The Public Interest

Transportation and poverty

John F. Kain & John R. Meyer

Winter 1970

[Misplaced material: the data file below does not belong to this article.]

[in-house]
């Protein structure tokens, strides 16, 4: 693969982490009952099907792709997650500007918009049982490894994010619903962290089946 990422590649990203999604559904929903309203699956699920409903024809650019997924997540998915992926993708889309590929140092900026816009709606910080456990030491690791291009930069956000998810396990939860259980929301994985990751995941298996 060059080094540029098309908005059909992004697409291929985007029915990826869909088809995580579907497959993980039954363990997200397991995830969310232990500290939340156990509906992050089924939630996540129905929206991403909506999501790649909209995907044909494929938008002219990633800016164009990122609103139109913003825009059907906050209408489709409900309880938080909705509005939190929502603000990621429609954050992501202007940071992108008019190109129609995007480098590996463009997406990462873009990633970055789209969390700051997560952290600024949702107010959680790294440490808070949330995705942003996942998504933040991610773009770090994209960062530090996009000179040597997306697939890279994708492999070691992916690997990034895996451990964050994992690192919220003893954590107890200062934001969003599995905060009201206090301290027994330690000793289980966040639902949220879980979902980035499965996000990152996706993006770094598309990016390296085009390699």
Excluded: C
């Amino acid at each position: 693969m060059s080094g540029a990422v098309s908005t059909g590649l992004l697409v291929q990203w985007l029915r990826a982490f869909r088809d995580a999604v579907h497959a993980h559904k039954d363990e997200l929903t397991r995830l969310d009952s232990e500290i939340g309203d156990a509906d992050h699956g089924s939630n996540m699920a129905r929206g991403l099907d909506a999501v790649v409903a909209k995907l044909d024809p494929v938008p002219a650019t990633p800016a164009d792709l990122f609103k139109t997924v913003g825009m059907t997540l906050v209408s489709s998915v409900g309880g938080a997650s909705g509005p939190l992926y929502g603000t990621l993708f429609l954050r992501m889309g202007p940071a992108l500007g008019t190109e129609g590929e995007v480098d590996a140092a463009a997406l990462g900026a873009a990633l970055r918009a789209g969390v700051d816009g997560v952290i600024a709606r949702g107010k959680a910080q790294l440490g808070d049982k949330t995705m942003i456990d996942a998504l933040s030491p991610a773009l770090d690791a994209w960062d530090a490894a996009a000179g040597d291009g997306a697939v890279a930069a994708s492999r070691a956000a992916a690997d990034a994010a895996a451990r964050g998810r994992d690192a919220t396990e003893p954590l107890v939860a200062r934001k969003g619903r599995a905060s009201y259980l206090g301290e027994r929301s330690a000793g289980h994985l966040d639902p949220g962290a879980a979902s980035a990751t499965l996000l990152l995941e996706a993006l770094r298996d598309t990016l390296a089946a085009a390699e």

WIDESPREAD concern about the problems of poverty and race has led to a proliferation of schemes for reducing the unemployment, increasing the incomes, and generally improving the well-being of disadvantaged groups in our society. Prominent among these are several that would use transportation to increase the employment opportunities of the poor. The concept that inadequate transportation must be numbered among the disadvantages of the poor and that improved mobility, particularly as it improves access to jobs, could increase their self-sufficiency was publicized widely in the aftermath of the Watts riots in 1965. The McCone Commission report on the causes of the riots concluded that “the most serious immediate problem [facing] the Negro in our community is employment....“ The commission suggested that, although a serious lack of skill and overt discrimination are major causes of high Negro unemployment, inadequate and costly public transportation also limit Negro employment opportunities...


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